Upper Valley firefighters aid victims of Hurricane Sandy
HANOVER - Five Upper Valley firefighters spent four days helping other firefighters in Hurricane Sandy torn New York City boroughs last week and are planning another trip this January.
During their four days there they delivered supplies donated from Upper Valley residents needed for cleanup and reconstruction and cleaned wet basements, but it felt like "just a drop in the bucket," compared to the work still needed in the devastated area, said Lebanon firefighter Eric James.
"There was pretty incredible devastation. We were sort of surprised how wide spread it was," James said. "We were all pretty impressed with how much work there is to do. There's a long way to go. Just tons and tons of work to do."
James and Hanover firefighter Troy Leatherman led the drive for construction and cleanup materials as well as the trip to New York for the New York firefighters and their families whose homes were devastated by Sandy.
They were joined by Hanover firefighter Wayne Dunham, Lebanon firefighter Jonathon Copeland and North Pomfret, Vermont, firefighter Chris Reilly.
The firefighters worked through Friends of Firefighters, a non-profit created after the events of Sept. 11, 2001, to help New York City firefighters with physical, mental health and wellness needs.
"Certainly hurricane relief was never in their plan," James said. As soon as the crisis occurred, leaders in the non-profit knew the public safety workers would be in need.
The Upper Valley firemen arrived on Sunday, Nov. 25, with two truck loads and one trailer full of donated supplies, such as shovels, hammers, work gloves, garbage cans, sump pumps and dehumidifiers, and spent the day in Breezy Point dropping off the supplies and seeing them put to work right away.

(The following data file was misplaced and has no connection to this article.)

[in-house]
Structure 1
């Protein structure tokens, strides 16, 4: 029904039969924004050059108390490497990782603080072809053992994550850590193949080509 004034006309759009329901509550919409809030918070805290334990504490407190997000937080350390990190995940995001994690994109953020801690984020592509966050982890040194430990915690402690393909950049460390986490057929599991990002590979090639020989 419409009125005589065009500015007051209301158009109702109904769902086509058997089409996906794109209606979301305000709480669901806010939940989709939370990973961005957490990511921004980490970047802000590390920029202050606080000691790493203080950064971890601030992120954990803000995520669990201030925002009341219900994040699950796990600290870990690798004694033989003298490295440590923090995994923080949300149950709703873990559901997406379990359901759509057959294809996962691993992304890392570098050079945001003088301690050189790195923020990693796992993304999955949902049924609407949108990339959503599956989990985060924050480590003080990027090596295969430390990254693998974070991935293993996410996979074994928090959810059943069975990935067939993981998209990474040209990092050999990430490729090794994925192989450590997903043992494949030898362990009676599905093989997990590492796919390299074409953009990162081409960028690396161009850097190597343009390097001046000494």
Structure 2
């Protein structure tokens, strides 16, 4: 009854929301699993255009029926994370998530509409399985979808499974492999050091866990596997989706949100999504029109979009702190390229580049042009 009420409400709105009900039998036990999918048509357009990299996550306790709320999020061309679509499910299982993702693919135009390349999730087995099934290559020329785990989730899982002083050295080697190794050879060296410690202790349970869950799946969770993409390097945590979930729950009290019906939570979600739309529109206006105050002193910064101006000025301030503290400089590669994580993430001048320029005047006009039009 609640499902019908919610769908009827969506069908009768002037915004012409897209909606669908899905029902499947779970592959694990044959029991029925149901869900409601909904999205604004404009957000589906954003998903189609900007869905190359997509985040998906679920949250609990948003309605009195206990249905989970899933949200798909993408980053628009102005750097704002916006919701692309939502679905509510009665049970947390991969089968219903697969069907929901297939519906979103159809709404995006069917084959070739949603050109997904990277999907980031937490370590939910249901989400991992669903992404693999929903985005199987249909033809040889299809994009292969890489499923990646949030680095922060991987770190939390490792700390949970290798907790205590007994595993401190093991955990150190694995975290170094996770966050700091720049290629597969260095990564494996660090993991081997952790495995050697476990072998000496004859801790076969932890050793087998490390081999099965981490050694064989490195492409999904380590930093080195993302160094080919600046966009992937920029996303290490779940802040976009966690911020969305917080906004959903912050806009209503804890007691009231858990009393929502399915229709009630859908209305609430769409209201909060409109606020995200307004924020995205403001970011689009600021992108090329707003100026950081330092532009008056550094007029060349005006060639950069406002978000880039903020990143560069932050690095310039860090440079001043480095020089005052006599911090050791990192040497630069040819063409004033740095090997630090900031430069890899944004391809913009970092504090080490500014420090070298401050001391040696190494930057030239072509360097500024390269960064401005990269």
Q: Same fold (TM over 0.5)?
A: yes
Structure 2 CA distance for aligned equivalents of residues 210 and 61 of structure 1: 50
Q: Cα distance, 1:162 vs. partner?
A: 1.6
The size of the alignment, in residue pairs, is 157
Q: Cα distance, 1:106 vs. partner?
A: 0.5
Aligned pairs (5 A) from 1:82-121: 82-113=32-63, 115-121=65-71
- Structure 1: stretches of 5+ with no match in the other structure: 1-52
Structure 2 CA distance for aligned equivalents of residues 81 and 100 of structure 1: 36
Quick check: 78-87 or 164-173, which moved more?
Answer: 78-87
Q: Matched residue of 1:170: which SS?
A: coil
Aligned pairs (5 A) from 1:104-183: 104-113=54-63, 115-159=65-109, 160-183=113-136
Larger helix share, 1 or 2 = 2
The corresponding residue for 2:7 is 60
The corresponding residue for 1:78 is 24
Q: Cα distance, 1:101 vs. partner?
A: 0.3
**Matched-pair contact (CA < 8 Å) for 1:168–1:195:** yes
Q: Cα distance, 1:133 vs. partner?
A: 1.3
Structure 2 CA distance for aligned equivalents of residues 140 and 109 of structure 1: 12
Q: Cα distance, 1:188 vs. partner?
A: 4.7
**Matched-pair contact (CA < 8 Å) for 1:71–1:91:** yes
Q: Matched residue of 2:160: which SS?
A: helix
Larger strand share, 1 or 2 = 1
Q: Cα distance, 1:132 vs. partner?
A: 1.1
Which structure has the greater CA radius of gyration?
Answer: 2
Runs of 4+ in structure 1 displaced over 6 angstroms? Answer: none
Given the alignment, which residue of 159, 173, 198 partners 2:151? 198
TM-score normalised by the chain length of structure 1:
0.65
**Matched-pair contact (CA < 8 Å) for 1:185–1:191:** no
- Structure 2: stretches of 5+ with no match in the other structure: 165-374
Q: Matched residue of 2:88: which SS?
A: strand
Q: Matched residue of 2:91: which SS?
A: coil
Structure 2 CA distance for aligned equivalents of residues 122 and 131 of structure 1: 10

What wasn't handed out immediately went to an empty department store that had been repurposed into a distribution center for other supplies that had been donated to Friends of Firefighters.
"We all just wanted to help and it was very gratifying, very rewarding, just to drive down there and start unloading stuff," Leatherman said. "Firefighters, in general, are used to helping people. They are not used to accepting help, period."
However, the New York City firefighters were incredibly thankful, James and Leatherman said. Along with the supplies the firemen also brought about $1,400 in cash, checks and gift cards for Lowe's and Home Depot that Upper Valley residents had donated.
The next three days the firefighters spent cleaning out ocean soaked basements in Rockaway and Breezy Point in Queens that had been flooded by Sandy. James described it as a "pump and gut" operation. The salt water had already been pumped out of the basements. What remained was to gut the basements, removing the soaking wet drywall and insulation from the basements.
"We would spend all day with our heads down ripping out drywall," Leatherman said. It's very important that this pumping and gutting work be completed so the basements could be treated with chemicals to prevent mold and mildew from setting in, the firemen said.
And the volunteers were not just helping firefighters and their families, one homeowner helped was a Staten Island Ferry pilot.
At night the firemen bunked with other firefighters, who had volunteered from around the county, in a retired firehouse building in the Redhook section of Brooklyn that had been outfitted with bunk beds for the volunteers from an Ikea down the street. The firefighters used a makeshift shower made out of a 20-gallon hot water heater and a hose.
The volunteers managed the rough conditions cheerily, though, because it was only for four days, Leatherman said.
Most people in the New York City boroughs they came across were still without electricity, he said.
"This is a long recovery. Just because it's not in the news cycle or the front page, it hasn't gone away," Leatherman said.
The firemen are planning to return this January to continue helping, hopefully this time with reconstruction and a larger group of volunteers.
James said it was a lot of fun, because most of the Upper Valley volunteers have backgrounds in construction so demolition is work they can do.
"We happen to have that skill set and it's sort of fun to go down and help," James said. Though he was surprised at the amount of devastation that remains a month after Sandy hit, the city is slowly returning, he said. "It seems like they are bouncing back pretty well and there are a lot of good attitudes down there."
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